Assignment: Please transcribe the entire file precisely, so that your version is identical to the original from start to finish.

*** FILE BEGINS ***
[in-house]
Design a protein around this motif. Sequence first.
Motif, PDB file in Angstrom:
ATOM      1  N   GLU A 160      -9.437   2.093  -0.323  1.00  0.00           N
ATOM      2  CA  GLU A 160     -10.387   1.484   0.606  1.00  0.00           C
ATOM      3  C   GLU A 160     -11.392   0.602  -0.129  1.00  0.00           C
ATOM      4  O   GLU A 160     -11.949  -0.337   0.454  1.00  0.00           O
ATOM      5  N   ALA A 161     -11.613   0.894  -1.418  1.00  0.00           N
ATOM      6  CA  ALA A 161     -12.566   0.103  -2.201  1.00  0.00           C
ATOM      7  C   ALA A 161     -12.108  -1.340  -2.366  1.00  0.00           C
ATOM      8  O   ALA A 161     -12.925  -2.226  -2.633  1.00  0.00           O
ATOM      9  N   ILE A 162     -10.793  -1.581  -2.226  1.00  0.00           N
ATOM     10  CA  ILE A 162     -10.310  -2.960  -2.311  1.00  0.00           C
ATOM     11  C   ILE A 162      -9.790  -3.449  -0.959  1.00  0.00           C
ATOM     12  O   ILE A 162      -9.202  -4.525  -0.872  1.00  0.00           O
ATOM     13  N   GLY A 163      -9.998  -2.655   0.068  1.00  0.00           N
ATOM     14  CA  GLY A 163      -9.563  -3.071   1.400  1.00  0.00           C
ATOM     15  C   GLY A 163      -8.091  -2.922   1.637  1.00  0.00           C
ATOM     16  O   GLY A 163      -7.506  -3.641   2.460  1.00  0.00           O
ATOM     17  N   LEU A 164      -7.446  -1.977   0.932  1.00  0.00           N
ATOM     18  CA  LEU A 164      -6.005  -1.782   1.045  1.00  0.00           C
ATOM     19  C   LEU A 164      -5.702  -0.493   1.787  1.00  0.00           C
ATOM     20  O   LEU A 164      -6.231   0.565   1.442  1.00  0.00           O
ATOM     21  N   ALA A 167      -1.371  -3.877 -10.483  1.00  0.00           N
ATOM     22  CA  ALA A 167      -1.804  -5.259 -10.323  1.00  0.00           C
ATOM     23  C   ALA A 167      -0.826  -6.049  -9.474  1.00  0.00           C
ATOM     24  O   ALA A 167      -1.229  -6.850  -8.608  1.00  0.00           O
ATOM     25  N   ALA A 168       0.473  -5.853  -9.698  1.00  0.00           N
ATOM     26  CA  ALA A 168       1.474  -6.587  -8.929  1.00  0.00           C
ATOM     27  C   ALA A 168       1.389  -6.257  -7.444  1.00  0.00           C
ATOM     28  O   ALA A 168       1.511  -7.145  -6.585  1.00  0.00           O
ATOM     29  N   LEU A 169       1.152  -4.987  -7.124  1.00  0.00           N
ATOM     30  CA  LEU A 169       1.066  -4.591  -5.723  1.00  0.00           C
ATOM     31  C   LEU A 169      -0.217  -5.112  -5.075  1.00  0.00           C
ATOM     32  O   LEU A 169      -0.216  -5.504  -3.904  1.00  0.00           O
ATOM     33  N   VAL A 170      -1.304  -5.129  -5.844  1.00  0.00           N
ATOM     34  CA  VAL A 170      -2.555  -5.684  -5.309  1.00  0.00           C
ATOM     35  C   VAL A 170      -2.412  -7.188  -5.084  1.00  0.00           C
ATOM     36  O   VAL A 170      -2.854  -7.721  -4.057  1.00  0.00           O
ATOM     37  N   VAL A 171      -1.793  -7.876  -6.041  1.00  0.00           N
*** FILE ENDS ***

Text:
[in-house]
Design a protein around this motif. Sequence first.
Motif, PDB file in Angstrom:
ATOM      1  N   GLU A 160      -9.437   2.093  -0.323  1.00  0.00           N
ATOM      2  CA  GLU A 160     -10.387   1.484   0.606  1.00  0.00           C
ATOM      3  C   GLU A 160     -11.392   0.602  -0.129  1.00  0.00           C
ATOM      4  O   GLU A 160     -11.949  -0.337   0.454  1.00  0.00           O
ATOM      5  N   ALA A 161     -11.613   0.894  -1.418  1.00  0.00           N
ATOM      6  CA  ALA A 161     -12.566   0.103  -2.201  1.00  0.00           C
ATOM      7  C   ALA A 161     -12.108  -1.340  -2.366  1.00  0.00           C
ATOM      8  O   ALA A 161     -12.925  -2.226  -2.633  1.00  0.00           O
ATOM      9  N   ILE A 162     -10.793  -1.581  -2.226  1.00  0.00           N
ATOM     10  CA  ILE A 162     -10.310  -2.960  -2.311  1.00  0.00           C
ATOM     11  C   ILE A 162      -9.790  -3.449  -0.959  1.00  0.00           C
ATOM     12  O   ILE A 162      -9.202  -4.525  -0.872  1.00  0.00           O
ATOM     13  N   GLY A 163      -9.998  -2.655   0.068  1.00  0.00           N
ATOM     14  CA  GLY A 163      -9.563  -3.071   1.400  1.00  0.00           C
ATOM     15  C   GLY A 163      -8.091  -2.922   1.637  1.00  0.00           C
ATOM     16  O   GLY A 163      -7.506  -3.641   2.460  1.00  0.00           O
ATOM     17  N   LEU A 164      -7.446  -1.977   0.932  1.00  0.00           N
ATOM     18  CA  LEU A 164      -6.005  -1.782   1.045  1.00  0.00           C
ATOM     19  C   LEU A 164      -5.702  -0.493   1.787  1.00  0.00           C
ATOM     20  O   LEU A 164      -6.231   0.565   1.442  1.00  0.00           O
ATOM     21  N   ALA A 167      -1.371  -3.877 -10.483  1.00  0.00           N
ATOM     22  CA  ALA A 167      -1.804  -5.259 -10.323  1.00  0.00           C
ATOM     23  C   ALA A 167      -0.826  -6.049  -9.474  1.00  0.00           C
ATOM     24  O   ALA A 167      -1.229  -6.850  -8.608  1.00  0.00           O
ATOM     25  N   ALA A 168       0.473  -5.853  -9.698  1.00  0.00           N
ATOM     26  CA  ALA A 168       1.474  -6.587  -8.929  1.00  0.00           C
ATOM     27  C   ALA A 168       1.389  -6.257  -7.444  1.00  0.00           C
ATOM     28  O   ALA A 168       1.511  -7.145  -6.585  1.00  0.00           O
ATOM     29  N   LEU A 169       1.152  -4.987  -7.124  1.00  0.00           N
ATOM     30  CA  LEU A 169       1.066  -4.591  -5.723  1.00  0.00           C
ATOM     31  C   LEU A 169      -0.217  -5.112  -5.075  1.00  0.00           C
ATOM     32  O   LEU A 169      -0.216  -5.504  -3.904  1.00  0.00           O
ATOM     33  N   VAL A 170      -1.304  -5.129  -5.844  1.00  0.00           N
ATOM     34  CA  VAL A 170      -2.555  -5.684  -5.309  1.00  0.00           C
ATOM     35  C   VAL A 170      -2.412  -7.188  -5.084  1.00  0.00           C
ATOM     36  O   VAL A 170      -2.854  -7.721  -4.057  1.00  0.00           O
ATOM     37  N   VAL A 171      -1.793  -7.876  -6.041  1.00  0.00           N